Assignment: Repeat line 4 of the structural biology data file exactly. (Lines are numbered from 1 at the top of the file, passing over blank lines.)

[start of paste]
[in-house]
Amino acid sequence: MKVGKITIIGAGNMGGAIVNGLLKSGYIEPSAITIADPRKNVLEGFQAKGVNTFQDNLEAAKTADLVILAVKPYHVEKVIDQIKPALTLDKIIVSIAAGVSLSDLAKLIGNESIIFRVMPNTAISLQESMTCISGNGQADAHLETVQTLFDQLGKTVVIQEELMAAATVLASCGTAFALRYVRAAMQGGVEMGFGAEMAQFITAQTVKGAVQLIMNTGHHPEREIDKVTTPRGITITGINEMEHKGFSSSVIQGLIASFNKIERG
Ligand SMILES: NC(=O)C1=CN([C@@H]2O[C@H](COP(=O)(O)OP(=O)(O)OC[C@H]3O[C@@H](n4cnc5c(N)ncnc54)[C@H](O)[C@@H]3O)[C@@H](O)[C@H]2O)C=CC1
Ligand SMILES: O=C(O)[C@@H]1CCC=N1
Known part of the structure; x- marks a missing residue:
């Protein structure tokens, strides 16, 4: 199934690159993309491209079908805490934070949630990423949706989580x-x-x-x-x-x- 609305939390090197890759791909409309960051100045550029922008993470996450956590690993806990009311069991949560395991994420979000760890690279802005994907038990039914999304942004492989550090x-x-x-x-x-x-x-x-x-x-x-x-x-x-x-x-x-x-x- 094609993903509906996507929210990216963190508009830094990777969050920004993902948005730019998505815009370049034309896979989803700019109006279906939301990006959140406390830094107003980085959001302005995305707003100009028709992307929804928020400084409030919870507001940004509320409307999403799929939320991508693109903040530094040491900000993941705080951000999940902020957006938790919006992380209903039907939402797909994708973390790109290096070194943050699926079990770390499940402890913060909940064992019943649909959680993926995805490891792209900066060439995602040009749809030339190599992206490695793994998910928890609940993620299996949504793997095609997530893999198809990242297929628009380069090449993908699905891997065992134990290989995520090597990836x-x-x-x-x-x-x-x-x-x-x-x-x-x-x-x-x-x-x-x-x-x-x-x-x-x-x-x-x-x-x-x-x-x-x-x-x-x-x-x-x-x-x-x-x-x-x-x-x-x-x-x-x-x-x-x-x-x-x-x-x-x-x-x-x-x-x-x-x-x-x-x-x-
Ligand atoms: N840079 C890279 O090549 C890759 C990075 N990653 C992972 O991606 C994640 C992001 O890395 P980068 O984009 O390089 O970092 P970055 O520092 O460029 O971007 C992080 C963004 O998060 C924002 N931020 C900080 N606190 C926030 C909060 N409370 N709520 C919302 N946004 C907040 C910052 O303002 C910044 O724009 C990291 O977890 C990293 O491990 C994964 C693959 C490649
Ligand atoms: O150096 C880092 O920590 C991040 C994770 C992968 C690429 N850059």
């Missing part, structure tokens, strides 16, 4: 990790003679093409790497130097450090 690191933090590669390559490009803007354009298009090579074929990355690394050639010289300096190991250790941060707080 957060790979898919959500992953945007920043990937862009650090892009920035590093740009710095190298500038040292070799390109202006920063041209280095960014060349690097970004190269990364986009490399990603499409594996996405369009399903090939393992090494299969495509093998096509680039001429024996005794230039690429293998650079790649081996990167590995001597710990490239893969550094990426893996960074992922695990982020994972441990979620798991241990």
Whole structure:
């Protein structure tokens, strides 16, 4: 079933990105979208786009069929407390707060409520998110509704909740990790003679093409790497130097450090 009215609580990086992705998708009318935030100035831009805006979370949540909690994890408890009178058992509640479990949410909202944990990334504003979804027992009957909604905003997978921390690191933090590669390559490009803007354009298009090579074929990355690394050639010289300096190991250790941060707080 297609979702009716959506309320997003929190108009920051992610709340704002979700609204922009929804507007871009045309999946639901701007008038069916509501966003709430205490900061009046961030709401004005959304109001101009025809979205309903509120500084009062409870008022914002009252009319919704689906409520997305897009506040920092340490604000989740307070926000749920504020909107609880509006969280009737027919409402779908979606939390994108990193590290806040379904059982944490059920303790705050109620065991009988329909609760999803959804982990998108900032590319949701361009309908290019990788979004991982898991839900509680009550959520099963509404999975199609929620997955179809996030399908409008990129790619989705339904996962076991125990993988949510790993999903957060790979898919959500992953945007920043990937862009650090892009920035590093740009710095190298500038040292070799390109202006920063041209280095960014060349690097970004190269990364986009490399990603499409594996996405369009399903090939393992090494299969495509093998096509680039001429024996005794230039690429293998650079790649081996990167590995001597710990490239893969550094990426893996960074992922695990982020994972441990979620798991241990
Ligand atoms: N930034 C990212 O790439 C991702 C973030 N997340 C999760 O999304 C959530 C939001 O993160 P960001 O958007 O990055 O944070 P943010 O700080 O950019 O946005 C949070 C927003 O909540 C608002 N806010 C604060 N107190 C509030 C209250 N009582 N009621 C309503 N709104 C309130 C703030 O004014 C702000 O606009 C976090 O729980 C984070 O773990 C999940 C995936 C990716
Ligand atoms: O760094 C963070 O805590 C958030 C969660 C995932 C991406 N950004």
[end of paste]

Ligand SMILES: O=C(O)[C@@H]1CCC=N1